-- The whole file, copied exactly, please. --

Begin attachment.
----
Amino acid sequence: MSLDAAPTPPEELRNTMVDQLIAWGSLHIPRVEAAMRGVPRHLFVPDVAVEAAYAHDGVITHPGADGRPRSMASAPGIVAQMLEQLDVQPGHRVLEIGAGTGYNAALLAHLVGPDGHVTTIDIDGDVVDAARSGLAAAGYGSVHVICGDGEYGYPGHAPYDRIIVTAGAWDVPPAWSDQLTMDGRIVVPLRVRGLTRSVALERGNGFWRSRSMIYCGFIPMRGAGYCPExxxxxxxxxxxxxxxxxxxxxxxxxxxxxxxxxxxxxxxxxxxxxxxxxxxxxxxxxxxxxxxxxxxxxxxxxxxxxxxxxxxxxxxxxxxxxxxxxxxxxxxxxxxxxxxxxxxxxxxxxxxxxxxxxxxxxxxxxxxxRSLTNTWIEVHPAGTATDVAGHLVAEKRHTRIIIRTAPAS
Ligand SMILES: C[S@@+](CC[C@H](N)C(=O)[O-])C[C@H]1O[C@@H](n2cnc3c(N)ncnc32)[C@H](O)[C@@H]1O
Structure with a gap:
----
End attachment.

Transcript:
Amino acid sequence: MSLDAAPTPPEELRNTMVDQLIAWGSLHIPRVEAAMRGVPRHLFVPDVAVEAAYAHDGVITHPGADGRPRSMASAPGIVAQMLEQLDVQPGHRVLEIGAGTGYNAALLAHLVGPDGHVTTIDIDGDVVDAARSGLAAAGYGSVHVICGDGEYGYPGHAPYDRIIVTAGAWDVPPAWSDQLTMDGRIVVPLRVRGLTRSVALERGNGFWRSRSMIYCGFIPMRGAGYCPExxxxxxxxxxxxxxxxxxxxxxxxxxxxxxxxxxxxxxxxxxxxxxxxxxxxxxxxxxxxxxxxxxxxxxxxxxxxxxxxxxxxxxxxxxxxxxxxxxxxxxxxxxxxxxxxxxxxxxxxxxxxxxxxxxxxxxxxxxxxRSLTNTWIEVHPAGTATDVAGHLVAEKRHTRIIIRTAPAS
Ligand SMILES: C[S@@+](CC[C@H](N)C(=O)[O-])C[C@H]1O[C@@H](n2cnc3c(N)ncnc32)[C@H](O)[C@@H]1O
Structure with a gap: